November 06, 2012, 1:45 PM — Just a few years ago, Andrew Mayhall had to decide whether to continue his unique education or drop out of school to start his own server company. Now, he's mulling another major decision - whether to continue discussions about potentially selling that company and working for Facebook, or to follow the entrepreneurial path Facebook's founder laid out when he was around Mayhall's age.
Mayhall, the 19-year-old founder and CEO of data storage provider Evtron, has spent more than half of his young life steeped in technology. Armed with his first computer and a library card, an 8-year-old Mayhall quickly taught himself how to program in several languages. In seventh grade he began taking computer programming and engineering courses at Lewis and Clark Community College in eastern Illinois. From there, he began scheduling tours of local data centers, asking questions out of a general interest in how everything worked. Shortly thereafter, he began toying with server hardware himself.
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By the time his peers were juniors in high school, Mayhall had amassed enough credit for an associate's degree at Lewis and Clark. So, naturally, he left school altogether and started up his own company with Brady O'Brien, his co-founder and fellow 19-year-old. Though Mayhall says O'Brien likes to describe the decision as a "leave of absence" from school, Mayhall has no qualms about saying he dropped out.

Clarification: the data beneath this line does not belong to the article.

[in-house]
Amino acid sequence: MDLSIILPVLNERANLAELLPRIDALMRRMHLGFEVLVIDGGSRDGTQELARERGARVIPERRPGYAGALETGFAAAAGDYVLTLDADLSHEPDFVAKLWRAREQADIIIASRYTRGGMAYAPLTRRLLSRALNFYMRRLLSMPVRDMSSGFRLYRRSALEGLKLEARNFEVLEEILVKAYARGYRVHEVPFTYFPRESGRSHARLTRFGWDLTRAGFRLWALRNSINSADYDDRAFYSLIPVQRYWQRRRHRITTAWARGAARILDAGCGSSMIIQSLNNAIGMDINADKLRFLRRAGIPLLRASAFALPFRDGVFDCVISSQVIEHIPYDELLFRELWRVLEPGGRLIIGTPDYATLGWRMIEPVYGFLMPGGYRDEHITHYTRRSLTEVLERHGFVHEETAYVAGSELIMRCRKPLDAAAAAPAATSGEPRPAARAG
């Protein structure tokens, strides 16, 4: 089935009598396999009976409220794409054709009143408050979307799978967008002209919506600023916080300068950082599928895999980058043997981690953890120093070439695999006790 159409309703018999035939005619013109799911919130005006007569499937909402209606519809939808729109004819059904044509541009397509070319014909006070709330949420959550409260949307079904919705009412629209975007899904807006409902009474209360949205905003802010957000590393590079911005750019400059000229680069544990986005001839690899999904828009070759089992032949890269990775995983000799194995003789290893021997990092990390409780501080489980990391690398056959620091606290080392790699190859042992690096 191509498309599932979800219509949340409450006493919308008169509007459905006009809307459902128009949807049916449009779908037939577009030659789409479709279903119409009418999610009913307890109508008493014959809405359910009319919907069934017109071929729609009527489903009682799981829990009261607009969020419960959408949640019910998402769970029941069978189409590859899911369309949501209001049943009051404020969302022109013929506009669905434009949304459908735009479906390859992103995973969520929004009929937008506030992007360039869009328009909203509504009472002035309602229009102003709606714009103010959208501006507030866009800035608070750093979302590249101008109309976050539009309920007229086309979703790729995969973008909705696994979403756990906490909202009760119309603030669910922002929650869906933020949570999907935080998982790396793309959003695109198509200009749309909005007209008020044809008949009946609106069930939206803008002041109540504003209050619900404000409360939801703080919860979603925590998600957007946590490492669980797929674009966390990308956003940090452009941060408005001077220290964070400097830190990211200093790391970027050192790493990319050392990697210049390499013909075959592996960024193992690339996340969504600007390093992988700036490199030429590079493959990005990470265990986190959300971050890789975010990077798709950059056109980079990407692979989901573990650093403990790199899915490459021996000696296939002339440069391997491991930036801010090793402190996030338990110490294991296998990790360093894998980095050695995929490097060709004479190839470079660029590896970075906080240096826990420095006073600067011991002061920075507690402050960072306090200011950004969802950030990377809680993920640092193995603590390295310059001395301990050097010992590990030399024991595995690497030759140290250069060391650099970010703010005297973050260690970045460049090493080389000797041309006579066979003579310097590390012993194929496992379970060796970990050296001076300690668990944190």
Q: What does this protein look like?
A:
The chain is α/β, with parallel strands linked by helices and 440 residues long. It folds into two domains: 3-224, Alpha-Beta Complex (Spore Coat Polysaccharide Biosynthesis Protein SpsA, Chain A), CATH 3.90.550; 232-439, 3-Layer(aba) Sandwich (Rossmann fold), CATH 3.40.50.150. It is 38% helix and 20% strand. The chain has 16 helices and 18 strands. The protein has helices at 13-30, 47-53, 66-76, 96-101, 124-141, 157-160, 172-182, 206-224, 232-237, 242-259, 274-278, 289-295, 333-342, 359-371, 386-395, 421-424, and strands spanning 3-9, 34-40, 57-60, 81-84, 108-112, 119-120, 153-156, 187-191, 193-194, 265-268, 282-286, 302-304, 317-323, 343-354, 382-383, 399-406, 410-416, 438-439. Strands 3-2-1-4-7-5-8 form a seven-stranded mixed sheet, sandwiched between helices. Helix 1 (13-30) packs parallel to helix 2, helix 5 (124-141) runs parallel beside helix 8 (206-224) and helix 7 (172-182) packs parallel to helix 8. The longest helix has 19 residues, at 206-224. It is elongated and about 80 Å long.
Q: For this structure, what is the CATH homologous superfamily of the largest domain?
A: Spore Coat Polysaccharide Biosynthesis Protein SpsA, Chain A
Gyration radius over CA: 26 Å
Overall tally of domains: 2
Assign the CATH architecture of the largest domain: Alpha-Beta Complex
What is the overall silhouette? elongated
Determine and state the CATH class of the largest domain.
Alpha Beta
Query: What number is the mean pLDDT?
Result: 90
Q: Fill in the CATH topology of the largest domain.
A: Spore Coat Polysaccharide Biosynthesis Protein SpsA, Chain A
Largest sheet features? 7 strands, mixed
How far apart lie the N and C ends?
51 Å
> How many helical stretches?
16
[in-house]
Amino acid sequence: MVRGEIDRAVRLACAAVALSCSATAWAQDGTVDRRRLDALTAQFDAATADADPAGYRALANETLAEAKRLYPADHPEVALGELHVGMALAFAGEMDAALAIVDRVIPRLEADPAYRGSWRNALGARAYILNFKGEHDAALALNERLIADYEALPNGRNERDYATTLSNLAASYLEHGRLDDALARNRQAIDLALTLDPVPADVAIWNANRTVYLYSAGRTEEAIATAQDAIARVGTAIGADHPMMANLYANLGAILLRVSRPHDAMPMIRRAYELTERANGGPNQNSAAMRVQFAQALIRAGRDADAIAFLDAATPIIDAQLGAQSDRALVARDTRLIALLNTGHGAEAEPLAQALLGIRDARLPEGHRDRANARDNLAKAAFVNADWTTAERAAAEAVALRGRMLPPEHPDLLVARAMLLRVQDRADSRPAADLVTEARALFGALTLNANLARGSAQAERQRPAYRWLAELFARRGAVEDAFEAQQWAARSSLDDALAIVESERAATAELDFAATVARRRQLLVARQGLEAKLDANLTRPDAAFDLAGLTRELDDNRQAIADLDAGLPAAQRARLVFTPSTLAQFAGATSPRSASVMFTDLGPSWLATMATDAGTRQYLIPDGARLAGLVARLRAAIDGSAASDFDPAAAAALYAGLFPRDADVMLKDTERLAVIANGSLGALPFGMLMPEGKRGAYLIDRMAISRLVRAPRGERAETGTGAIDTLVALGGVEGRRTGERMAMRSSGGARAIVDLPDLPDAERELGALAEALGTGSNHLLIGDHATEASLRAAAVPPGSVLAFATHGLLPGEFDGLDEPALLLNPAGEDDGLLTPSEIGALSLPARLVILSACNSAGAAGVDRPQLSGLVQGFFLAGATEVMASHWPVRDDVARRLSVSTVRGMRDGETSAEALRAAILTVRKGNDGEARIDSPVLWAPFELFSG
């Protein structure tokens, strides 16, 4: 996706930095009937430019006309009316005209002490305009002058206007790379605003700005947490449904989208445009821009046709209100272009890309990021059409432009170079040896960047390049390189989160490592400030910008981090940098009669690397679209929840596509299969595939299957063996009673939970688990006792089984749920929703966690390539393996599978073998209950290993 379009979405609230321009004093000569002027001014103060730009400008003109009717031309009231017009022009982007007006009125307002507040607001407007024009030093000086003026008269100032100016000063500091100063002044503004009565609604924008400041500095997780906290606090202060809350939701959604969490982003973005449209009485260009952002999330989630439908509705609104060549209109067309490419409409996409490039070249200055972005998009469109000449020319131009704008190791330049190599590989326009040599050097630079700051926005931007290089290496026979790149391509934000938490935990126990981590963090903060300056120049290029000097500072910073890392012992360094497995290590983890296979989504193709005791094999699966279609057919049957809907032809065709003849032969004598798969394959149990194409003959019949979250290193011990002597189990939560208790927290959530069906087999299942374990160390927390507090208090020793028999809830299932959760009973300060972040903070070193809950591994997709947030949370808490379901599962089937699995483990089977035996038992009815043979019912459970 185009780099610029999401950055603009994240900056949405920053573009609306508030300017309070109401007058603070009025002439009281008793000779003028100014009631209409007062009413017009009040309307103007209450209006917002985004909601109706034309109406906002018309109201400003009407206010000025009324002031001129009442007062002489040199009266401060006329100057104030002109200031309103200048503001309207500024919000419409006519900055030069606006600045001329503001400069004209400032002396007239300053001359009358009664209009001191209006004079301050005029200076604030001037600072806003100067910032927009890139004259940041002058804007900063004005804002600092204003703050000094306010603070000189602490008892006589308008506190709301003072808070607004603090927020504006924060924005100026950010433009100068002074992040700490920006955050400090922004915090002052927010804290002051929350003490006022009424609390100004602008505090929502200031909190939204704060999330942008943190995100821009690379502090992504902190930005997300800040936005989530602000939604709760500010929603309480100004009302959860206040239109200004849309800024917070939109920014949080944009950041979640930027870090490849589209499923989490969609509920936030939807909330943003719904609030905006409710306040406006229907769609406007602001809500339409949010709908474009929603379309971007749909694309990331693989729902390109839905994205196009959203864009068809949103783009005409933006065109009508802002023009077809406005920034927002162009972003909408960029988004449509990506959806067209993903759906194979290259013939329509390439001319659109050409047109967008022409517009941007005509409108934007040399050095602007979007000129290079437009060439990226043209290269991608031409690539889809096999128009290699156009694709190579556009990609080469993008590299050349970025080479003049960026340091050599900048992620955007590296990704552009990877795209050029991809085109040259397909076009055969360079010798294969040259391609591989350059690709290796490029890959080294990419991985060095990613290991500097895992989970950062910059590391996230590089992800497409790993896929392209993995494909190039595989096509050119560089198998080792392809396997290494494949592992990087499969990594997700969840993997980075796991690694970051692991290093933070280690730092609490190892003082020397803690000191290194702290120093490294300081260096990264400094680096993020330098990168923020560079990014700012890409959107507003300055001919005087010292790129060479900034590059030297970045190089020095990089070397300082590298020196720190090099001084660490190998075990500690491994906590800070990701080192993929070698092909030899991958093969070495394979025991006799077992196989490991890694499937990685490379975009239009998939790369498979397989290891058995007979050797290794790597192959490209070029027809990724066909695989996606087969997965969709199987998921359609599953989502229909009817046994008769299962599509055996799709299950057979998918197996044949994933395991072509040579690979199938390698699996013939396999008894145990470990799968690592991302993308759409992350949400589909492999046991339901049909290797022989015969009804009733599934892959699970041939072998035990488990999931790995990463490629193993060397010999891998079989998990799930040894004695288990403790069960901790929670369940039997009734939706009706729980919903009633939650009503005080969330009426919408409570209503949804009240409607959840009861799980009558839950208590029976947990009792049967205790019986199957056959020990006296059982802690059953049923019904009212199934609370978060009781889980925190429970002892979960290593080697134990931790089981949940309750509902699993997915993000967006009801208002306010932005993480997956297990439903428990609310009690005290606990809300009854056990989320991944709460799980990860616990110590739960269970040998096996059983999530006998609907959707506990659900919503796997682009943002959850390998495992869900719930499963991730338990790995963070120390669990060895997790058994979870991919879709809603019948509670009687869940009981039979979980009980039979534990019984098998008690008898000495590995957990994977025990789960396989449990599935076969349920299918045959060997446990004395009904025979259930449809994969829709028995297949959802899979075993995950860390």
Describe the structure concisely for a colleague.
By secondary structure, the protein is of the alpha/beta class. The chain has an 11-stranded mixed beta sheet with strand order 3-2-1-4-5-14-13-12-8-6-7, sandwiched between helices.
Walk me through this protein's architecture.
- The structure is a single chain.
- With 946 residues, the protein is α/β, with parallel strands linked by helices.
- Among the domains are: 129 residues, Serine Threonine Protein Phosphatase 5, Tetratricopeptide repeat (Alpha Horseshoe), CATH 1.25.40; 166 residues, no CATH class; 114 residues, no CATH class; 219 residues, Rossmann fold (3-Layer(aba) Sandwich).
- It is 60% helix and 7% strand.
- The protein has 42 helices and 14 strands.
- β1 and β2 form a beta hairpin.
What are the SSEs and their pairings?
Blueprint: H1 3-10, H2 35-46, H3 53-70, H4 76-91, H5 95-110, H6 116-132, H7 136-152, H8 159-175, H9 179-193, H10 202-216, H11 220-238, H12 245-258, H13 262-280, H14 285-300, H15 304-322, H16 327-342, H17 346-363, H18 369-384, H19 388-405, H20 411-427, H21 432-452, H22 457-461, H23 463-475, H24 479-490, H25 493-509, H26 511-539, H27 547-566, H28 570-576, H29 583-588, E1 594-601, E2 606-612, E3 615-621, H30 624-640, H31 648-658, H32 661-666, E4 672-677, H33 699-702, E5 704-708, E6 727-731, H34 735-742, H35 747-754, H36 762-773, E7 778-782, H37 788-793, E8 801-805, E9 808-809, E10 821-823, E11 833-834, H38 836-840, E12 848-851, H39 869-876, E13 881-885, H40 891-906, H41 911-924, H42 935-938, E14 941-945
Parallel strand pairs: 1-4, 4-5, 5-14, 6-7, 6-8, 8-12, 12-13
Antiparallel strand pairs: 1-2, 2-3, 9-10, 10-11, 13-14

"I really have no intentions of going back and continuing my educational path," he says.
The decision is understandable. Mayhall's work has already attracted attention from Facebook, a company familiar with the potential of a young CEO. Evtron's first storage platform, the Evtron Cell, is what caught the social networking giant's attention. Mayhall says that the Cell's capacity for 4.6 petabytes per server rack, which also reduces overall space required in a typical data center by 66%, broke the world record for data density. More practically, Mayhall says the Evtron Cell uses a lot of the same components that Facebook uses for its current storage infrastructure, but, because of "a little design change," the Cell is four times as dense.